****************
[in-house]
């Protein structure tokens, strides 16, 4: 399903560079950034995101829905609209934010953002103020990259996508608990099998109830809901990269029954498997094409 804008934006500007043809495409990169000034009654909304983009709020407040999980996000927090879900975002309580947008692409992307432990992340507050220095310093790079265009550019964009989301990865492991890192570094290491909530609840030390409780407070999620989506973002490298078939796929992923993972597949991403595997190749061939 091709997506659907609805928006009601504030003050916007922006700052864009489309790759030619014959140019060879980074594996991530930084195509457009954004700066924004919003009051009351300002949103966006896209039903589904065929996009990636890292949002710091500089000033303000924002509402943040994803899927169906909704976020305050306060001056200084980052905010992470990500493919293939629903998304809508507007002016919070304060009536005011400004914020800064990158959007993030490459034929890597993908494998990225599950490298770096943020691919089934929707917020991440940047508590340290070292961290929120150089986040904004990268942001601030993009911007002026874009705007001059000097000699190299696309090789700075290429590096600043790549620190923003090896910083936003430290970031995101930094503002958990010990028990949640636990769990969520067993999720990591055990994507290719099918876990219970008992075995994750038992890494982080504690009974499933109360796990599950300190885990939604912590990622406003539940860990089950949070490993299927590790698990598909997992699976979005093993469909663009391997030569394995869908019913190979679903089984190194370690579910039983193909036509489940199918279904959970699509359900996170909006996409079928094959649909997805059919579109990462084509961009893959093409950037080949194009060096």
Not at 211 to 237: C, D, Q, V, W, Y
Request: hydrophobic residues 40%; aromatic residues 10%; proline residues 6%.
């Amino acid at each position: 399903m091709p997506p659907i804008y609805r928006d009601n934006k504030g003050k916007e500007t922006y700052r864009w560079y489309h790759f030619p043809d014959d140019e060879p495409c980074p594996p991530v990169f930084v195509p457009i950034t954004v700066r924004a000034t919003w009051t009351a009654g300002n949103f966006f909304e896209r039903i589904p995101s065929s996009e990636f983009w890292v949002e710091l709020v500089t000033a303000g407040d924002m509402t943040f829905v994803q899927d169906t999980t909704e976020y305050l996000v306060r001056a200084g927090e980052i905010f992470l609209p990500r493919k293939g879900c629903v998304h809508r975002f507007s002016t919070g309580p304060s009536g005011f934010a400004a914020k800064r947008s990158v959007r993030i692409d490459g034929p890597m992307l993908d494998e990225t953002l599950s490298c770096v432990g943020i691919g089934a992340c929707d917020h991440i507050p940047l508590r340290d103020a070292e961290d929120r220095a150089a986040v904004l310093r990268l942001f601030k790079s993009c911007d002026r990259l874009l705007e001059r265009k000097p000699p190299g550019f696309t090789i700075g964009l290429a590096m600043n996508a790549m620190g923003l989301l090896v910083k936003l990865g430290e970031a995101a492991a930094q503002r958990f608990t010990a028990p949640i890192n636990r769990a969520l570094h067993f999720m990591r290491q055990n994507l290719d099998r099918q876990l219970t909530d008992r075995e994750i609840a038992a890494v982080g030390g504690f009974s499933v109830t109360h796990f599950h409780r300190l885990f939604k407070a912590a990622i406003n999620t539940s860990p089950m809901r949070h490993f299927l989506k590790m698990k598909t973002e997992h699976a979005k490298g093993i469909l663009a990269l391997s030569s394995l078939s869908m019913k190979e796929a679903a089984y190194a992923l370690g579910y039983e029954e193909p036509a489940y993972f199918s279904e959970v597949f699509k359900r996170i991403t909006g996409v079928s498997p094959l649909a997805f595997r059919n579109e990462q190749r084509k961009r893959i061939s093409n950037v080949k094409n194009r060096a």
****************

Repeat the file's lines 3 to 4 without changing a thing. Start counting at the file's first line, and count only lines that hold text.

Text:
Not at 211 to 237: C, D, Q, V, W, Y
Request: hydrophobic residues 40%; aromatic residues 10%; proline residues 6%.